★★★½ | Zach Hester • @hestzach
It’s hard to encompass Ad Astra in just a few words. I hesitate to call it a straight-up slow burn, but at the same time, it definitely isn’t a fast paced thriller in any way. Despite its pacing issues, the movie manages to leave an impression.
Ad Astra, the latest film from James Gray, stars Brad Pitt as an astronaut who returns to space in search of his lost father, who disappeared thirty years ago during a mission into deep space.
Brad Pitt is having his year. Between this film and his critical role in Once Upon a Time in Hollywood, we are in the midst of a Pitt renaissance. In this role, Pitt embodies a very closed off man, who’s emotional growth has been stunted by the fact that he not only lives in his father’s (seemingly) heroic shadow but also that he has lived his entire adolescence without that figure of influence in his daily walk.
The main theme of the film is this: how far are you willing to go in the quest for the unknown? Throughout the film, Pitt’s character, Roy McBride, is tested with this question, whether he’s aware of it or not. We see the roots of this theme from the very start when his character learns that many in the highest levels of Space Command believe his long-missing father to still be alive. Through the first and second acts, McBride begins doing things he never imagined he would in the quest to contact his father. Over the course of time, and without spoilers, it’s clear that not only is McBride’s father not what he seems, but McBride himself is more like his dad than he ever realized.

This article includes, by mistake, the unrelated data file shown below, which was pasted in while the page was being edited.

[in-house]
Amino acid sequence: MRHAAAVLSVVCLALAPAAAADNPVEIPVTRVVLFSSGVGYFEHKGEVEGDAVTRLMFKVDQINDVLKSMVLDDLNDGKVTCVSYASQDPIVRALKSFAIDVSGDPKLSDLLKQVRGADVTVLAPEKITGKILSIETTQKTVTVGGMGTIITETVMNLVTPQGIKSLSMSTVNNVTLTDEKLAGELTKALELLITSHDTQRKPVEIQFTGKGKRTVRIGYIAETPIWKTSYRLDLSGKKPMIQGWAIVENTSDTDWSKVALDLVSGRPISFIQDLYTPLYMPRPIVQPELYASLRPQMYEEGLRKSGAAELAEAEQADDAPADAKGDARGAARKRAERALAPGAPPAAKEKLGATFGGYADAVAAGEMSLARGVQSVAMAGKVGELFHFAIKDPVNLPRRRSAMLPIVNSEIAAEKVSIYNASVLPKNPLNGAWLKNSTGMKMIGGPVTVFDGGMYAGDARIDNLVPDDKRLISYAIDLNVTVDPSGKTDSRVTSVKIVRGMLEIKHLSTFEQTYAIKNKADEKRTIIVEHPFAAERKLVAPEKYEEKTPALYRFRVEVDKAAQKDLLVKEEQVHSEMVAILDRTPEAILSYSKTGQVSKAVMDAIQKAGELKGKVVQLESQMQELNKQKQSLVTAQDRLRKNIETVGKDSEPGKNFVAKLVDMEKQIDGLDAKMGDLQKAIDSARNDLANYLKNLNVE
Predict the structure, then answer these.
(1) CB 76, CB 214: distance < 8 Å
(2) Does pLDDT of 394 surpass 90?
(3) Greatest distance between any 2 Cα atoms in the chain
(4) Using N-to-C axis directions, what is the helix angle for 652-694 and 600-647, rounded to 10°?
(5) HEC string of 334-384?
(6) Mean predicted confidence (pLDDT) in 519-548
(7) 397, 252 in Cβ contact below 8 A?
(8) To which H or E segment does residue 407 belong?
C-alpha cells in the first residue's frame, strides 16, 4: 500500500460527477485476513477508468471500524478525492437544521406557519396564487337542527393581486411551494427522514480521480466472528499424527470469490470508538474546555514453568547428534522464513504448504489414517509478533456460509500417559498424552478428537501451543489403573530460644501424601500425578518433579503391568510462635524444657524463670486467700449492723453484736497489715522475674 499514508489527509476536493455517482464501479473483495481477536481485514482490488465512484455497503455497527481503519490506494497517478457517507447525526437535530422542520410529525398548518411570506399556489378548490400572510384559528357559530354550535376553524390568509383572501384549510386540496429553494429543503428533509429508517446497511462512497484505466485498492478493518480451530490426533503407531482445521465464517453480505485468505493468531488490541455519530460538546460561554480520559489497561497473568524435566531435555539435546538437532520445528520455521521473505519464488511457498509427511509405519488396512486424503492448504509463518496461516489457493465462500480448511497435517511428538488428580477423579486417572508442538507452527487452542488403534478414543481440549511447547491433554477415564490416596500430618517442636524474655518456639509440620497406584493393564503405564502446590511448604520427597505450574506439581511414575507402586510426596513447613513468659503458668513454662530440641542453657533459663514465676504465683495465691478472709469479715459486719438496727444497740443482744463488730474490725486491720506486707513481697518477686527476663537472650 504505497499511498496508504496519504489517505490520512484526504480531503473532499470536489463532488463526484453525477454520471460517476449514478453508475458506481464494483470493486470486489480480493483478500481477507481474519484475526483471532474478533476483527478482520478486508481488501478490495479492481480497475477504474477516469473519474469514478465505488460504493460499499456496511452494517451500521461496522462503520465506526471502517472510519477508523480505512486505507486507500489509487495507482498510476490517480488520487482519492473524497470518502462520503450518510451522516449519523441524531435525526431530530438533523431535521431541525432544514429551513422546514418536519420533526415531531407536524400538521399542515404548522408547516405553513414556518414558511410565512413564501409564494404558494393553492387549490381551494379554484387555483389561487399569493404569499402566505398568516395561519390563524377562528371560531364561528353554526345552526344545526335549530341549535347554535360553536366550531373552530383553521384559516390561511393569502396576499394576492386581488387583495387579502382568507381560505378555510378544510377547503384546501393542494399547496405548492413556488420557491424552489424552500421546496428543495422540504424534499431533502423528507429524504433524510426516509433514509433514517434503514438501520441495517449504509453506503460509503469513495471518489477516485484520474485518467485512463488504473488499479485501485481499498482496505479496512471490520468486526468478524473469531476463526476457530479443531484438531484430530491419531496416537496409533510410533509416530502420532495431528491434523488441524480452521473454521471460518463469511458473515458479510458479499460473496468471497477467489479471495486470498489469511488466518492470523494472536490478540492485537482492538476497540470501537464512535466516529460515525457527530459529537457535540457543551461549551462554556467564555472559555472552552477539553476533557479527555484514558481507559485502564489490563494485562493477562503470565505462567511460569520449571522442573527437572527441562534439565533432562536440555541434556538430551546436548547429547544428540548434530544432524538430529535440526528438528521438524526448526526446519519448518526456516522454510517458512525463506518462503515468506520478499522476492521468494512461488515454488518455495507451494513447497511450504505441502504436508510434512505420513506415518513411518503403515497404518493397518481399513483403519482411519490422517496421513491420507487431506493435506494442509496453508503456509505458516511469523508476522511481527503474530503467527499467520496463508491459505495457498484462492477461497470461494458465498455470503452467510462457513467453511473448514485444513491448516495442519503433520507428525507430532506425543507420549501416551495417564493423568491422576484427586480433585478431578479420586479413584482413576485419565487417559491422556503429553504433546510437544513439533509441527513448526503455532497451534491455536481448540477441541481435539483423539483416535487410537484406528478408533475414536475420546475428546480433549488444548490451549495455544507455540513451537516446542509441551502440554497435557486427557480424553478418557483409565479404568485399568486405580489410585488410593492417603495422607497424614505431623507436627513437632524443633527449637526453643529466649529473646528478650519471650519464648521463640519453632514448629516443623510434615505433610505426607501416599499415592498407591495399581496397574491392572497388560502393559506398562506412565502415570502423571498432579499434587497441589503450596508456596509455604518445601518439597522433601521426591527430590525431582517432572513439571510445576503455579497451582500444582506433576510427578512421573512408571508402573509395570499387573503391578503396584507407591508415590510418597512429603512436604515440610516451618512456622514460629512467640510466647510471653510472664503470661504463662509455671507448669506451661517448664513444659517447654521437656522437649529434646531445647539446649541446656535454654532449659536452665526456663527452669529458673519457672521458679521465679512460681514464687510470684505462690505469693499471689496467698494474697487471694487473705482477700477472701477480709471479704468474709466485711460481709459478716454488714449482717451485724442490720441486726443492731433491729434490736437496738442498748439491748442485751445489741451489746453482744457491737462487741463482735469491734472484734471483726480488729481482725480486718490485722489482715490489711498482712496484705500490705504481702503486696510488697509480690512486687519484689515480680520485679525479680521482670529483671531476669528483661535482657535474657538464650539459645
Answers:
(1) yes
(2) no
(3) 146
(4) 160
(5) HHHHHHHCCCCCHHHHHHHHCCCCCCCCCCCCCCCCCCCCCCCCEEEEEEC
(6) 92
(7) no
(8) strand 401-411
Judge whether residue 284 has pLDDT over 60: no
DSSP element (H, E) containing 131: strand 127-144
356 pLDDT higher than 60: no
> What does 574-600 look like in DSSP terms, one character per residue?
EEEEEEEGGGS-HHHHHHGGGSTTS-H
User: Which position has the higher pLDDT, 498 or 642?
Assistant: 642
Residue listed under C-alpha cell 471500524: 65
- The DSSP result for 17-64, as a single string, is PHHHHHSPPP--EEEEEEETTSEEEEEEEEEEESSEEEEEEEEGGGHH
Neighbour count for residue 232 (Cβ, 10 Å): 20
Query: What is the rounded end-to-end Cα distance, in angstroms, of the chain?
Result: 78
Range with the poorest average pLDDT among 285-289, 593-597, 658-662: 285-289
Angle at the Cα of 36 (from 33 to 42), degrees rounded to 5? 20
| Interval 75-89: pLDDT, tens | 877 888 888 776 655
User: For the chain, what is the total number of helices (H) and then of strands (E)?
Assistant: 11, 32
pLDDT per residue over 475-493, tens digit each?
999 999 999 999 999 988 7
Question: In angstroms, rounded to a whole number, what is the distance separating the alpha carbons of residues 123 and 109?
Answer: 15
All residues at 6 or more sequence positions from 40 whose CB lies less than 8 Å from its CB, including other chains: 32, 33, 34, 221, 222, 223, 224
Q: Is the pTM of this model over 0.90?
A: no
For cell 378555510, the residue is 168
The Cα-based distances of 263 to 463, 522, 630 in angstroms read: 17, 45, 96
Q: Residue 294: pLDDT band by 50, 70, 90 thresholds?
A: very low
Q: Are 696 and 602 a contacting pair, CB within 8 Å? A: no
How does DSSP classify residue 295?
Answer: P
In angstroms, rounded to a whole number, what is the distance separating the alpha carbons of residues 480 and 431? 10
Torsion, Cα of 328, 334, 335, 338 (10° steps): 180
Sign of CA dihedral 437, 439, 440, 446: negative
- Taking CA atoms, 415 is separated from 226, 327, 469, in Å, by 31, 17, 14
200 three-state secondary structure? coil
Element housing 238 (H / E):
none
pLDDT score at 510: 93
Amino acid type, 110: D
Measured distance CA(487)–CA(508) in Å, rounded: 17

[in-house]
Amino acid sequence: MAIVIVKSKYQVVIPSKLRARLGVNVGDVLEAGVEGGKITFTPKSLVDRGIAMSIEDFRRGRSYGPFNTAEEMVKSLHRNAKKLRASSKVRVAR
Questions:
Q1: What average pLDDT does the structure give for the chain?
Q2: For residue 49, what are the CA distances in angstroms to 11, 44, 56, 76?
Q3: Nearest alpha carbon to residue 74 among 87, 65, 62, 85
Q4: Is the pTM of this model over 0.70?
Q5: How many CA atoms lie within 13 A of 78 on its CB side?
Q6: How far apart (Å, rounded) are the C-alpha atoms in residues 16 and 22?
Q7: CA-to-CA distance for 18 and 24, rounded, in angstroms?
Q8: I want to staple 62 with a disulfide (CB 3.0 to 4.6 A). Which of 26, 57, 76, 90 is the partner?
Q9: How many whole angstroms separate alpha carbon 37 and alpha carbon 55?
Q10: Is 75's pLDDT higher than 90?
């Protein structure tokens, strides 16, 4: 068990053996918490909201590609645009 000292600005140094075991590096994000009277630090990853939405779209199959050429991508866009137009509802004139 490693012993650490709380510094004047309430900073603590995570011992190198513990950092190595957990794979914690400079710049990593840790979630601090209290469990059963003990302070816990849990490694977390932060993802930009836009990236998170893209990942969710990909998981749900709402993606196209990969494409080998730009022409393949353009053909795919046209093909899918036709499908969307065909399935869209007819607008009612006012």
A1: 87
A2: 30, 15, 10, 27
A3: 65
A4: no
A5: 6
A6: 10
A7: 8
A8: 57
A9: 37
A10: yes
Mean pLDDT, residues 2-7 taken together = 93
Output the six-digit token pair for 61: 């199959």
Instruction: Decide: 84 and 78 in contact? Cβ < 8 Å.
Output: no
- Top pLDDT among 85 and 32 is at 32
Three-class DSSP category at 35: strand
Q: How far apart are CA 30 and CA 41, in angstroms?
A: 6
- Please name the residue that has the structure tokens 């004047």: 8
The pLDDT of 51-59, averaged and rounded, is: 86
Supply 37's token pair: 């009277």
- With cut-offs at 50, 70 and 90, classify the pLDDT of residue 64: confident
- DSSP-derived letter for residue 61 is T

This film is bound to be praised, and rightly so, for the feats it achieves on the technical side of film. There’s work in the film that feels very Kubrick-esque, almost like an extension of 2001: A Space Odyssey. The way that cinematographer Hoyt van Hoytema holds shots, especially during the scenes on Mars, to allow the effects of advanced technology in this world to move around is gorgeous. There are bound to be several conversations about this movie for awards season. It deserves a Cinematography nomination, if nothing else.
The response to this film has been positive, and I thoroughly enjoyed it, even as a “slow burn” or whatever you’d like to call it. However, in the midst of awards season, it feels a little lost amongst the brightness of other movies who have stronger claims. It’s a wait-and-see game to decide if it’ll come out on top.
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